"We cannot be sure that God does not see us through animal eyes." (E. D. Meyer)

Thinking Religion with other Species

The members of the research network not only deal professionally „with animals and other species“, but share their (religious) worlds and thinking with them. Here they also communicate their experiences of what happens when religion & animals & others meet.

HumAnimals - NatureCultures

The TSTR network connects researchers from the fields of theology and religious studies who wish to fundamentally rethink the relationship between humans and other species. On this page you can get to know the members of the network and their work.

Science communication

In the blog posts we discuss new approaches from research, review current literature and share some insights from our work. You can participate at any time via the comment function. Also articles, videos, interviews etc.can be found in the blog section.

The time of radical distinctions is coming to its end: NatureCultures and HumAnimals are emerging and call for a radical revision of human exceptionalism. What is the role of religions in this critical process? How did they have a part in the emergence of hegemonic ideas and practises which devaluate animals and other living beings? What do religions still provide to stabilise this devaluation? And which transformational potentials can they contribute to the dawn of a de-centered multi-species world?

At least so-called high religions seem to be deeply interwoven with the attempted subjugation of nature. The relationships between humans and other living beings are thought of and practiced as ones of hierarchy. Other animals are deprived of their freedom and instrumentalised for human purposes. Landscapes and ecosystems are radically reshaped according to human ideas. These processes do not just stand on their own, but are integral parts of a sweeping domination project that also includes the power of humans over humans: Women are supposedly closer to the animal and libidinal than men and must therefore be controlled. This is held even more true for slaves, who are frequently subjected to exactly the same methods of discipline and torture as domesticated animals. Moreover, especially but not only in Christian contexts, non-heterosexual behaviours are qualified as animalistic in order to justify their suppression.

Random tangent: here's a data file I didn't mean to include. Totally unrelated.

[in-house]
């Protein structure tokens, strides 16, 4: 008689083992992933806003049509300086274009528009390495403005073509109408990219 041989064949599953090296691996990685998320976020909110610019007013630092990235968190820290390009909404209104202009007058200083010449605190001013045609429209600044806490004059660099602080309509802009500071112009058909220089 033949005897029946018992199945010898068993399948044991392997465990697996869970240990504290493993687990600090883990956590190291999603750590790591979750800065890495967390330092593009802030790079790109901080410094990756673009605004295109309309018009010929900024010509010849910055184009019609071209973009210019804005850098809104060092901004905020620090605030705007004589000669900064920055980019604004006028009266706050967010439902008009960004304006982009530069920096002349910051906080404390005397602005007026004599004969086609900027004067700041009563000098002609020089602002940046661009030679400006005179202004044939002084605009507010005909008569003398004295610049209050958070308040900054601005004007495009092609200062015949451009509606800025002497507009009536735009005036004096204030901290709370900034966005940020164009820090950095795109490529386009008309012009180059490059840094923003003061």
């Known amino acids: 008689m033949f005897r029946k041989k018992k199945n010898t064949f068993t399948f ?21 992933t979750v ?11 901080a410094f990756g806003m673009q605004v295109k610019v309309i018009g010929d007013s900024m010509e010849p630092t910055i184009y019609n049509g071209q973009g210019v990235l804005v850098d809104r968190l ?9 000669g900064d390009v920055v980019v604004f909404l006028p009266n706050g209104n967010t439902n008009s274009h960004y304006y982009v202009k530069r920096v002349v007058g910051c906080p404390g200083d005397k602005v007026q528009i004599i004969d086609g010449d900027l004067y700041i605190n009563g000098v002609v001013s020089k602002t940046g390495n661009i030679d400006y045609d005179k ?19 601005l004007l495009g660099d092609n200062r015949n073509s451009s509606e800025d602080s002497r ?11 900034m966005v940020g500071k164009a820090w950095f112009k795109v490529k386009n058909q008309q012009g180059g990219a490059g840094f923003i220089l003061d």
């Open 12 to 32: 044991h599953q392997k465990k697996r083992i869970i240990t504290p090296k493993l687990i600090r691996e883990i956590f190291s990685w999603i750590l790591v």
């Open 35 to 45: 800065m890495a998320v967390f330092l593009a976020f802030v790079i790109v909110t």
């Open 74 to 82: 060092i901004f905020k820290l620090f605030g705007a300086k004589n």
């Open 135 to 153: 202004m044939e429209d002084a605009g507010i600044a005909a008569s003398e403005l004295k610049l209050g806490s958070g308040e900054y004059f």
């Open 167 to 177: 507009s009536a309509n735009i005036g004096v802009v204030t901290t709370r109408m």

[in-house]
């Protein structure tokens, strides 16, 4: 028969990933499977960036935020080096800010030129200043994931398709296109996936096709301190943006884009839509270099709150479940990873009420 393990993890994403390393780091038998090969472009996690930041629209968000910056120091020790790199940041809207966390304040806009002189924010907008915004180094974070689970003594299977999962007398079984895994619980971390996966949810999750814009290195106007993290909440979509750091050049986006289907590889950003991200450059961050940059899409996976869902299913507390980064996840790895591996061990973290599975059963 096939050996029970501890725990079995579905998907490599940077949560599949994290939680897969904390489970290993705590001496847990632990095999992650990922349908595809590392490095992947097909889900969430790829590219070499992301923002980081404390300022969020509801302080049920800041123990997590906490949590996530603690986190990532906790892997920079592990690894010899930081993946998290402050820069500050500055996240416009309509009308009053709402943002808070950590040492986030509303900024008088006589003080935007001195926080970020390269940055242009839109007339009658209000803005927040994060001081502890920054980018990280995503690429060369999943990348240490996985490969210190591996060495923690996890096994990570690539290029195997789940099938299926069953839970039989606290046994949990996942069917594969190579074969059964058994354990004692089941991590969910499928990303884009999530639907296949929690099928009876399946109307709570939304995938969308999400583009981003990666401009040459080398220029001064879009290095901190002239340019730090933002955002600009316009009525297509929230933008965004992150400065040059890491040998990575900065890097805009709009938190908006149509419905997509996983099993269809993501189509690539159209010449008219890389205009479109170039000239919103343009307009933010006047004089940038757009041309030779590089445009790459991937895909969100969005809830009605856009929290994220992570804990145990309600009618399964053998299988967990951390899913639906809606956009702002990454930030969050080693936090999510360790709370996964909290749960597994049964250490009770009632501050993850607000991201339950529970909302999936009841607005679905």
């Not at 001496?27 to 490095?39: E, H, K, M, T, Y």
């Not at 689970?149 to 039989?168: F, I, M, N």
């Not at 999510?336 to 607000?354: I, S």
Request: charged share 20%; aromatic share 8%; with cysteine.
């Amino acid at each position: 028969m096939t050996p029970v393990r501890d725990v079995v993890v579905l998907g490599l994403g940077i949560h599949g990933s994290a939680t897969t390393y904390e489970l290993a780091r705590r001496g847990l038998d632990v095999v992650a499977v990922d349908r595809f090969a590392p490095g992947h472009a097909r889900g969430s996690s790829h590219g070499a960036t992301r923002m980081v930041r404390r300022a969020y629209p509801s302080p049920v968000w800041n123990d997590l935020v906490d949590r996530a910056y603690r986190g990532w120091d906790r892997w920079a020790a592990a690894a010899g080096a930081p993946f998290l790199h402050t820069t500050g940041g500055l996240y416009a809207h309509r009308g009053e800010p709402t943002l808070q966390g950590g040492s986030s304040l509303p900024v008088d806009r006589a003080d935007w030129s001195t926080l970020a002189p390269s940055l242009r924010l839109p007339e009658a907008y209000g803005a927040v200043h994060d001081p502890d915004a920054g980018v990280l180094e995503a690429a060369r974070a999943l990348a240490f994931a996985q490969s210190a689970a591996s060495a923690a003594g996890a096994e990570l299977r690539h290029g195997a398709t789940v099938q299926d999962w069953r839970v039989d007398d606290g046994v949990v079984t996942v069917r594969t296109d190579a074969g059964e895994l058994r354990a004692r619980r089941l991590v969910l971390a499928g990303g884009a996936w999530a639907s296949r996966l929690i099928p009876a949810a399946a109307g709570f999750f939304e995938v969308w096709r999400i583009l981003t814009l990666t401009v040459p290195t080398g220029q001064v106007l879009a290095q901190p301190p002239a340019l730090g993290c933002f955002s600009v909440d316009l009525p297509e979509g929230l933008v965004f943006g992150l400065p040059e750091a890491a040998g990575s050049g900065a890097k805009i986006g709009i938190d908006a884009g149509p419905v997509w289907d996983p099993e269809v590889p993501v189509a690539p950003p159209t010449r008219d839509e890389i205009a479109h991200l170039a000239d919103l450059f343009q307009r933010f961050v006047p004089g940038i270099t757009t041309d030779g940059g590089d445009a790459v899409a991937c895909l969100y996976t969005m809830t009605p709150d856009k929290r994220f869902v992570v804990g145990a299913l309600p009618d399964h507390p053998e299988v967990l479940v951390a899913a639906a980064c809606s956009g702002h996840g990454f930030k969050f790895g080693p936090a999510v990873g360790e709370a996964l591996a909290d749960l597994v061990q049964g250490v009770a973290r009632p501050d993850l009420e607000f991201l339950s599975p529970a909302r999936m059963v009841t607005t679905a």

Thus religions are often closely intertwined with anthropocentrism – which is certainly also a sexism since „anthropos“ is primarily a heterosexual male, and a racism since „anthropos“ is primarily white, and a colonialism since „anthropos“ is primarily the bearer of „Western“ capitalist culture. But religious ideas have also inspired resistance against sexism, racism, and colonialism. They likewise contain potentials for opposing and overcoming human exceptionalism, which has definitely proven to be a dead end in the age of climate catastrophe and species extinction. It is crucial, therefore, to uncover the productive resources of religions in order to meet the current ecological challenges and to set out for more liberated and more related multi-species futures.

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We welcome fellow researchers and campaigners who are concerned with the relationship of religions to the other animals - do not hesitate to contact us! All members can be reached via their individual email addresses, but you can also contact all of them at the following address:

Mail: info@ts-tr.eu